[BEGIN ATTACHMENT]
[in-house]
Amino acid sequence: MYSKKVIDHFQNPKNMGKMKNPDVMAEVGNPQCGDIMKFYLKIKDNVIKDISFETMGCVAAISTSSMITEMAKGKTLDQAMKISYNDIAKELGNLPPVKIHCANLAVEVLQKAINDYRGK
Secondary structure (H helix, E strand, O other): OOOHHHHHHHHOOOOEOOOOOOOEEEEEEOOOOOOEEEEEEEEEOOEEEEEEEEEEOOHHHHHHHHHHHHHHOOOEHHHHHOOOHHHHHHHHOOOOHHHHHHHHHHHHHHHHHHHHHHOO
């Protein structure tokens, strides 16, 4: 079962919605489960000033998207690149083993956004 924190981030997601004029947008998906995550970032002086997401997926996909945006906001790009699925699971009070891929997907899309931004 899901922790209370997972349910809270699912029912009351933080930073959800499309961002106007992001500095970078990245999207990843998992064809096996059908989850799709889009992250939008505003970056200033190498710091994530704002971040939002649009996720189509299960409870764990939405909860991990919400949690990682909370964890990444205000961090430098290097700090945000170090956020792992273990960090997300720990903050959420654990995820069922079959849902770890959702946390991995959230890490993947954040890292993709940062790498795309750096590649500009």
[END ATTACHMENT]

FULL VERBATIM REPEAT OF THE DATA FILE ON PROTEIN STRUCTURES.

[in-house]
Amino acid sequence: MYSKKVIDHFQNPKNMGKMKNPDVMAEVGNPQCGDIMKFYLKIKDNVIKDISFETMGCVAAISTSSMITEMAKGKTLDQAMKISYNDIAKELGNLPPVKIHCANLAVEVLQKAINDYRGK
Secondary structure (H helix, E strand, O other): OOOHHHHHHHHOOOOEOOOOOOOEEEEEEOOOOOOEEEEEEEEEOOEEEEEEEEEEOOHHHHHHHHHHHHHHOOOEHHHHHOOOHHHHHHHHOOOOHHHHHHHHHHHHHHHHHHHHHHOO
């Protein structure tokens, strides 16, 4: 079962919605489960000033998207690149083993956004 924190981030997601004029947008998906995550970032002086997401997926996909945006906001790009699925699971009070891929997907899309931004 899901922790209370997972349910809270699912029912009351933080930073959800499309961002106007992001500095970078990245999207990843998992064809096996059908989850799709889009992250939008505003970056200033190498710091994530704002971040939002649009996720189509299960409870764990939405909860991990919400949690990682909370964890990444205000961090430098290097700090945000170090956020792992273990960090997300720990903050959420654990995820069922079959849902770890959702946390991995959230890490993947954040890292993709940062790498795309750096590649500009």